News & Politics

SecDef Austin and Gen. Milley Defend Operational Decisions That Led to Chaos in the Fall of Afghanistan

AP Photo/Alex Brandon

Defense Secretary Lloyd Austin and Gen. Mark Milley, chairman of the Joint Chiefs of Staff, delivered their first briefing on Afghanistan since Kabul fell on Sunday. The two both delivered statements indicating that the situation in Afghanistan is “personal” to them because they served on the ground in Afghanistan during the 20-year war, as Deputy Secretary of State Wendy Sherman said during her briefing shortly before theirs.

Austin was stumped by a reporter’s question outlining the options facing the U.S. forces deployed to Afghanistan over the weekend.

Gen. Milley twice scolded Americans that now is not the time to criticize the decisions made or their consequences, saying there will be time for “AAR” — “after-action reports” — later.

Milley is at best a witness to one of the greatest failures in American military history, if not one of its principal architects.

Another reporter asked why the military command chose to abandon Bagram Air Base in the month prior to the fall. Austin demurred as if he did not understand or didn’t want to answer the question, and Milley took up answering.

Milley said that based on the number of forces needed to secure both Bagram Air Base and the embassy in the heart of Kabul, the in-country command made the decision to “collapse Bagram” and move forces to concentrate on securing the embassy and that decision was briefed up the chain all the way to the White House. Securing both would have required more forces than the 2,500 that were in country at the time.

The gambit to secure the embassy obviously failed, as the embassy collapsed and its personnel, including the ambassador, had to flee to Hamid Karzai International Airport, which the military refers to as HKIA. Milley’s answer indicated that Biden’s decisions left the military unable to safely carry out the operation he tasked it with.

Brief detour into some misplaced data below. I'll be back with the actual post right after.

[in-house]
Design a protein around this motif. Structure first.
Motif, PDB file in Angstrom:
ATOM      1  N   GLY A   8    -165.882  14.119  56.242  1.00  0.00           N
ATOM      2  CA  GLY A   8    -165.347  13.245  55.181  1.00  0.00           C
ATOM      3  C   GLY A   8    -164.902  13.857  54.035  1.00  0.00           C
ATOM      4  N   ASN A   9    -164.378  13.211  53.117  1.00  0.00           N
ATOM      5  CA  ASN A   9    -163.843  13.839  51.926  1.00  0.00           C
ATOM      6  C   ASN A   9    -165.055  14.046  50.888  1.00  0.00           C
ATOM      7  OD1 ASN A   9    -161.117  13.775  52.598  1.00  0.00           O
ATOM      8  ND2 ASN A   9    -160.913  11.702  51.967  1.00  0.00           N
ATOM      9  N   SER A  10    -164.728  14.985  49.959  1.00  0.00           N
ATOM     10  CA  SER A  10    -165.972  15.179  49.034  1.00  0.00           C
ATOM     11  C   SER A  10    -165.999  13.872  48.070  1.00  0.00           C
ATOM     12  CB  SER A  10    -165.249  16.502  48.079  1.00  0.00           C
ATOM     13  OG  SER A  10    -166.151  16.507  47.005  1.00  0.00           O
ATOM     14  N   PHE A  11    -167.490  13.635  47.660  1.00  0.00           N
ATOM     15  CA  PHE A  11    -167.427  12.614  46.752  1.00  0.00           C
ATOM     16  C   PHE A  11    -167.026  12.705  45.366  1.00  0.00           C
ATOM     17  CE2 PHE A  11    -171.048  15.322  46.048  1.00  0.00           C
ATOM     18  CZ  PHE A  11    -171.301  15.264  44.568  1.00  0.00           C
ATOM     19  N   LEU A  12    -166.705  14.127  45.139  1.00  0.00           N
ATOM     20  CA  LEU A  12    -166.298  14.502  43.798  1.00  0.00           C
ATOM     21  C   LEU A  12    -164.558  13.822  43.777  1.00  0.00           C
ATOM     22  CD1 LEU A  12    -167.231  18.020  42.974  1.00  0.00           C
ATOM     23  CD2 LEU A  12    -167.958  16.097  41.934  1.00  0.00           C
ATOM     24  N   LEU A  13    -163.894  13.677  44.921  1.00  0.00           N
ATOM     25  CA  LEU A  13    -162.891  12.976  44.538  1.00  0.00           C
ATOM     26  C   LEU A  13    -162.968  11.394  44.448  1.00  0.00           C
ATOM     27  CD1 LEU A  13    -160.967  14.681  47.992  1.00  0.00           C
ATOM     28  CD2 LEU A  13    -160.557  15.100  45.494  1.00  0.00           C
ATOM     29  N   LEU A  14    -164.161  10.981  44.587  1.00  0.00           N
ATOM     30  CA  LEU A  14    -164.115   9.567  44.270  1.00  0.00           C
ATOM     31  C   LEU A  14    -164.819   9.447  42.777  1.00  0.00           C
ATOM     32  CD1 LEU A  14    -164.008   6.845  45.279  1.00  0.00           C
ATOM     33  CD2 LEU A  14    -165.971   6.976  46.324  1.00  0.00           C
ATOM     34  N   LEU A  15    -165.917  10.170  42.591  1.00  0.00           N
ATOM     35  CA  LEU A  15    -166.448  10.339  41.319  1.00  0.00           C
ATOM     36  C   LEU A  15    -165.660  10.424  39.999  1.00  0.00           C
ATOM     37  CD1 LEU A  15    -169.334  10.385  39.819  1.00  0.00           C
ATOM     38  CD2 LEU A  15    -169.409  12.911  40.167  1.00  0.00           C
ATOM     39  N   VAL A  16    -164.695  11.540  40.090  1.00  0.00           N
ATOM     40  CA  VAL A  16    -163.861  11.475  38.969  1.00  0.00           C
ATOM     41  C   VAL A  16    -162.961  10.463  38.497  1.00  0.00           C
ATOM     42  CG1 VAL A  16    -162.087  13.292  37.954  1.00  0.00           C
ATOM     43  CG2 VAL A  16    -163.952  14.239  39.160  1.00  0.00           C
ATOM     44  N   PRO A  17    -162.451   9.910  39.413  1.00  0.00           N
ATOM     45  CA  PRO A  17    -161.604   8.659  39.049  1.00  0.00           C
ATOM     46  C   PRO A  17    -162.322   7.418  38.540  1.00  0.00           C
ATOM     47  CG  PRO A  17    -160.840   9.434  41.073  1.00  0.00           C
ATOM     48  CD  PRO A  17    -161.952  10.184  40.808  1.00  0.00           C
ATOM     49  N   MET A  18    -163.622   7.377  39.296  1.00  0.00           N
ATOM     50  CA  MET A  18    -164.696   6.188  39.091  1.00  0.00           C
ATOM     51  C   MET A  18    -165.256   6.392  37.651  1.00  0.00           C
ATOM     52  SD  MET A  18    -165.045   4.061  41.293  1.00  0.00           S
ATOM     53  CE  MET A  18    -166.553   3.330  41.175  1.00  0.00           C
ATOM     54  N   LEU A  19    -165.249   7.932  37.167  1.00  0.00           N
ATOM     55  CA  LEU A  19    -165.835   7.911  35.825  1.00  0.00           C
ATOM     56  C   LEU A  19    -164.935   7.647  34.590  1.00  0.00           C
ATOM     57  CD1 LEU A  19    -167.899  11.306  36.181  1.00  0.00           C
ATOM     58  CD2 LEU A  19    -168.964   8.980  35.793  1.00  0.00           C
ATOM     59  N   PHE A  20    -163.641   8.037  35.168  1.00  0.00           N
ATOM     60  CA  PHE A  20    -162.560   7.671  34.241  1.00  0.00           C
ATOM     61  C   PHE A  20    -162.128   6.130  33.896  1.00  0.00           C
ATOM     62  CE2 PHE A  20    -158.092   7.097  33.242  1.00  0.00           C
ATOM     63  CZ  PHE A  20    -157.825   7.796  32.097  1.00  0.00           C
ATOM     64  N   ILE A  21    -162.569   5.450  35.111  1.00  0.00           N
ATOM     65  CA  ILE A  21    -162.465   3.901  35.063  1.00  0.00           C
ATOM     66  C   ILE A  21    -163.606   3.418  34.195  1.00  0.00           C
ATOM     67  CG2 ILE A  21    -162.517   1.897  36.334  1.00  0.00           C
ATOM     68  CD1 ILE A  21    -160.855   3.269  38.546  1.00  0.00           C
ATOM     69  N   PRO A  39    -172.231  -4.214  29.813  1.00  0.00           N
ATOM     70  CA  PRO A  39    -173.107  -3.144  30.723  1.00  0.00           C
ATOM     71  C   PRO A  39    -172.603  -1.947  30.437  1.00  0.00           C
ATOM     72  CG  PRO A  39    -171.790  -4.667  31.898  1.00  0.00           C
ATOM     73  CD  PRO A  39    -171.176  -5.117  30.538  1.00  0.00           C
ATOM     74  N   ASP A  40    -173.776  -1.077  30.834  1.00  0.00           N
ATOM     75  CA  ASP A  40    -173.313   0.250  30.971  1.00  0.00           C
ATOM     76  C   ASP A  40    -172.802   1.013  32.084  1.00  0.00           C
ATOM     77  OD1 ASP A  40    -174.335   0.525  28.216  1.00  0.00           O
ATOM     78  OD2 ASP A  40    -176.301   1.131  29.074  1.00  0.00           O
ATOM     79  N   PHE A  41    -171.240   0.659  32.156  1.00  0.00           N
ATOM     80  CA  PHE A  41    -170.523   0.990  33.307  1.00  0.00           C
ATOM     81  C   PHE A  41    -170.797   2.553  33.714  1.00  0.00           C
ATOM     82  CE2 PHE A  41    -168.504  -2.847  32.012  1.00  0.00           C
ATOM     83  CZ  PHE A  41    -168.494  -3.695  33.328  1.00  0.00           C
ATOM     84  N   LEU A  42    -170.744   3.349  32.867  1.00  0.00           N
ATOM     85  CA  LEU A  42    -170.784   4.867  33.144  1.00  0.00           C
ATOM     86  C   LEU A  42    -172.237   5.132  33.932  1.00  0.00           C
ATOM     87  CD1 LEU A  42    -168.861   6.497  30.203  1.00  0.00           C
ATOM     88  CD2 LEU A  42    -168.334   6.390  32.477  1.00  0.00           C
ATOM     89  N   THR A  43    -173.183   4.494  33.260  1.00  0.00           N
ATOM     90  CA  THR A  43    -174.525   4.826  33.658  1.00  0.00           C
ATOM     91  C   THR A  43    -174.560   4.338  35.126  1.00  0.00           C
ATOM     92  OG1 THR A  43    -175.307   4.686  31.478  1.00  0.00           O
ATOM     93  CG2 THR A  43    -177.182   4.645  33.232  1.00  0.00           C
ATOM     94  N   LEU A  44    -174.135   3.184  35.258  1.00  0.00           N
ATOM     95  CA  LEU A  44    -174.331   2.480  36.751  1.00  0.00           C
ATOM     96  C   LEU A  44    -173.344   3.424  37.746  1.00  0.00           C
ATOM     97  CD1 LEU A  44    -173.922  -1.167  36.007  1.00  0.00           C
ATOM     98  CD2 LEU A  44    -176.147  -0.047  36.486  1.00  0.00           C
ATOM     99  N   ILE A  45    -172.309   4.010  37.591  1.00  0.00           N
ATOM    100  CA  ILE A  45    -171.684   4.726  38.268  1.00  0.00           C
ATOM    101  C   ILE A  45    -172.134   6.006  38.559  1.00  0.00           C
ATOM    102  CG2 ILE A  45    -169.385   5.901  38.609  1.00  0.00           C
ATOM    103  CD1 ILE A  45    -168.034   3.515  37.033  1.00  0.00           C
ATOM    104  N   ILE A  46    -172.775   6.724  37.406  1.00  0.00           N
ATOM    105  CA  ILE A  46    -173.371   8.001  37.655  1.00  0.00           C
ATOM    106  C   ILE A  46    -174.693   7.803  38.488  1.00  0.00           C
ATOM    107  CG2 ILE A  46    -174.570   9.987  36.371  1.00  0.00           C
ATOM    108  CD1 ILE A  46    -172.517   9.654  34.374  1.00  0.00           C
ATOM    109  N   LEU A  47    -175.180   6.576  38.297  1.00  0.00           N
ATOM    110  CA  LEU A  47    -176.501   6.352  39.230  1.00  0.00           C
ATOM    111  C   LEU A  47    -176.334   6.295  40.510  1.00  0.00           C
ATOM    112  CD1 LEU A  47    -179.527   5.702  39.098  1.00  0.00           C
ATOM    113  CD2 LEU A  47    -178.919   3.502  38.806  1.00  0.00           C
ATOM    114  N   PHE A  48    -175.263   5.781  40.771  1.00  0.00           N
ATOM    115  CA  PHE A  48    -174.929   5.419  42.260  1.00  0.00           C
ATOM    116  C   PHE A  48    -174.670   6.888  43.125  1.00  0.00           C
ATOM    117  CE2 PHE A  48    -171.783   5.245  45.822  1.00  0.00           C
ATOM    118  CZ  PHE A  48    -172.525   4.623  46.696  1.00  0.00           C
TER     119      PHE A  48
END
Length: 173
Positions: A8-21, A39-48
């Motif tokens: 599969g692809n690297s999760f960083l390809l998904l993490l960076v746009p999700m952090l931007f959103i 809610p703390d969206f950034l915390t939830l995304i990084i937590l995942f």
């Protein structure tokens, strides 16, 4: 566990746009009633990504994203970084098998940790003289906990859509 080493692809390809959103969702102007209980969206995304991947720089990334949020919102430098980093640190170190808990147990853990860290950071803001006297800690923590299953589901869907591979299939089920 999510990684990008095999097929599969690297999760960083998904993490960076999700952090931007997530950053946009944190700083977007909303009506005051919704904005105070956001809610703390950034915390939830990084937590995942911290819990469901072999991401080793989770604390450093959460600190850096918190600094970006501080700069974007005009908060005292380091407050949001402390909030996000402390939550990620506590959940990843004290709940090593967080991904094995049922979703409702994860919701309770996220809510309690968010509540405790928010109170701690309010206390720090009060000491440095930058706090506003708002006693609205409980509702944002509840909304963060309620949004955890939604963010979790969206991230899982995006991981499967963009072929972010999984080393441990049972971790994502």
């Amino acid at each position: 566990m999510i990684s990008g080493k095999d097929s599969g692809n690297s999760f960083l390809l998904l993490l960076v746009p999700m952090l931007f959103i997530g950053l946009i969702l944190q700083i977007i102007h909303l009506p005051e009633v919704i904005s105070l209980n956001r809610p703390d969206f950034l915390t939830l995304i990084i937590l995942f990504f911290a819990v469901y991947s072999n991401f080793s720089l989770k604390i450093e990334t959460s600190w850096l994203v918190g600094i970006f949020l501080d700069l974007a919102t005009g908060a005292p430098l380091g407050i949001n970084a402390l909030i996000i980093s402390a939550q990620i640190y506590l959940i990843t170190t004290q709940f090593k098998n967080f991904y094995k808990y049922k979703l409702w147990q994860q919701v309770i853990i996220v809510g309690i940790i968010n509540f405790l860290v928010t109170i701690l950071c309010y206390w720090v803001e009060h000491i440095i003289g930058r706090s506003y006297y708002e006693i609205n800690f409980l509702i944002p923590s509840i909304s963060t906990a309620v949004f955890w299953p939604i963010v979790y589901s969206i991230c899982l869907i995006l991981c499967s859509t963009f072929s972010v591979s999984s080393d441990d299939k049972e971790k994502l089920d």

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The reporter pointed out an obvious issue with this decision, namely, that Bagram had two operational runways while HKIA only has one. Thus, the second runway could have been used to double the evacuation throughput.

It also could have been used to provide military combat air support during the evacuation. The reporter did not bring this up, and neither did Gen. Milley, but it’s an obvious advantage the massive base could have provided. The second runway at Bagram would have given commanders on the ground flexibility that they do not have at HKIA. In fact, HKIA is vulnerable to one well-placed artillery shell that could damage the single runway enough to shut down the aerial evacuation. Then what?

U.S. forces could also have established and maintained a hard armored perimeter with close air support from combat aircraft prior to evacuating anyone at Bagram. Instead, the command decided to abandon Bagram and consolidate at HKIA. Among other consequences, abandoning Bagram left the Afghan military far less capable of resisting the Taliban’s advance on Kabul. The swift fall is leading to finger-pointing between the military and the intelligence community. Milley denied that intel provided any scenario under which the Taliban could take all of Afghanistan in just 11 days.

Using Bagram Air Base would have posed logistical issues to be sure. It’s more than an hour’s drive outside of Kabul, so moving personnel from Kabul to there could have created exposed convoys. But Bagram would have been easier to secure and more difficult for the Taliban to surround. The vast airbase could have been used to house many thousands of American and allied evacuees. Its remoteness could have been an advantage. Clearly, trying to evacuate thousands from within an airport that is surrounded by the enemy is far from ideal.

To stress the point again, the second runway at Bagram could have given commanders capabilities that they do not have at HKIA. as a result, the U.S. government still cannot assure any Americans or allied people safe passage.

Bagram could have enabled a fighting retreat. Perhaps the swift drawdown left commanders with too few troops even to establish a defensible perimeter at Bagram Air Base.

The United States is now, according to one reporter’s pointed question, depending on the Taliban not to attack and kill Americans trying to get to HKIA or attack HKIA itself. Austin had no serious rebuttal.